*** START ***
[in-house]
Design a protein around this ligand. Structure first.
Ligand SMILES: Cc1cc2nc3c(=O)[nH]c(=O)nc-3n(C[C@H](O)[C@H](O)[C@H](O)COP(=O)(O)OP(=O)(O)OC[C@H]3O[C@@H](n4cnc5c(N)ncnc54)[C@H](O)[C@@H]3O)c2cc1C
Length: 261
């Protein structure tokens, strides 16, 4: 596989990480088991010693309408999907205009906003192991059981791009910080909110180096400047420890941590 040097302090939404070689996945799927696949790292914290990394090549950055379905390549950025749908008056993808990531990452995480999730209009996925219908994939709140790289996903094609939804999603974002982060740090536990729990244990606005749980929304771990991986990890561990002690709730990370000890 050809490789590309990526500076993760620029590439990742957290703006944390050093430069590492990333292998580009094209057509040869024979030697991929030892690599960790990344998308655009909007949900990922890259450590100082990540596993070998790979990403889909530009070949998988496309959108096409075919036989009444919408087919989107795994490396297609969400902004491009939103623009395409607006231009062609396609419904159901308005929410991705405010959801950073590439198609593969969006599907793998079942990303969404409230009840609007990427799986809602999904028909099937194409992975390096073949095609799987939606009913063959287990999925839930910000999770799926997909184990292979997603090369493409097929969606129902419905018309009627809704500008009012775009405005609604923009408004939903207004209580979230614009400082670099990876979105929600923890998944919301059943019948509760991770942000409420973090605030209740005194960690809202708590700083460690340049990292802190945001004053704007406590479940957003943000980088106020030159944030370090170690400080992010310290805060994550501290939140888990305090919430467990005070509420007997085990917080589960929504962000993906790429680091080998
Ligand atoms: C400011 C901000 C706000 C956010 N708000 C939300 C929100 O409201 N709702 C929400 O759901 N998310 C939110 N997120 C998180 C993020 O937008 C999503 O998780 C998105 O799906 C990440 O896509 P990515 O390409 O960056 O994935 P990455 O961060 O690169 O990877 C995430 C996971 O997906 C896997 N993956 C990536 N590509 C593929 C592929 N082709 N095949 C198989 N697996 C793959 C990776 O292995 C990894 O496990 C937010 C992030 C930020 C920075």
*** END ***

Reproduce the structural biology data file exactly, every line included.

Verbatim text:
[in-house]
Design a protein around this ligand. Structure first.
Ligand SMILES: Cc1cc2nc3c(=O)[nH]c(=O)nc-3n(C[C@H](O)[C@H](O)[C@H](O)COP(=O)(O)OP(=O)(O)OC[C@H]3O[C@@H](n4cnc5c(N)ncnc54)[C@H](O)[C@@H]3O)c2cc1C
Length: 261
């Protein structure tokens, strides 16, 4: 596989990480088991010693309408999907205009906003192991059981791009910080909110180096400047420890941590 040097302090939404070689996945799927696949790292914290990394090549950055379905390549950025749908008056993808990531990452995480999730209009996925219908994939709140790289996903094609939804999603974002982060740090536990729990244990606005749980929304771990991986990890561990002690709730990370000890 050809490789590309990526500076993760620029590439990742957290703006944390050093430069590492990333292998580009094209057509040869024979030697991929030892690599960790990344998308655009909007949900990922890259450590100082990540596993070998790979990403889909530009070949998988496309959108096409075919036989009444919408087919989107795994490396297609969400902004491009939103623009395409607006231009062609396609419904159901308005929410991705405010959801950073590439198609593969969006599907793998079942990303969404409230009840609007990427799986809602999904028909099937194409992975390096073949095609799987939606009913063959287990999925839930910000999770799926997909184990292979997603090369493409097929969606129902419905018309009627809704500008009012775009405005609604923009408004939903207004209580979230614009400082670099990876979105929600923890998944919301059943019948509760991770942000409420973090605030209740005194960690809202708590700083460690340049990292802190945001004053704007406590479940957003943000980088106020030159944030370090170690400080992010310290805060994550501290939140888990305090919430467990005070509420007997085990917080589960929504962000993906790429680091080998
Ligand atoms: C400011 C901000 C706000 C956010 N708000 C939300 C929100 O409201 N709702 C929400 O759901 N998310 C939110 N997120 C998180 C993020 O937008 C999503 O998780 C998105 O799906 C990440 O896509 P990515 O390409 O960056 O994935 P990455 O961060 O690169 O990877 C995430 C996971 O997906 C896997 N993956 C990536 N590509 C593929 C592929 N082709 N095949 C198989 N697996 C793959 C990776 O292995 C990894 O496990 C937010 C992030 C930020 C920075």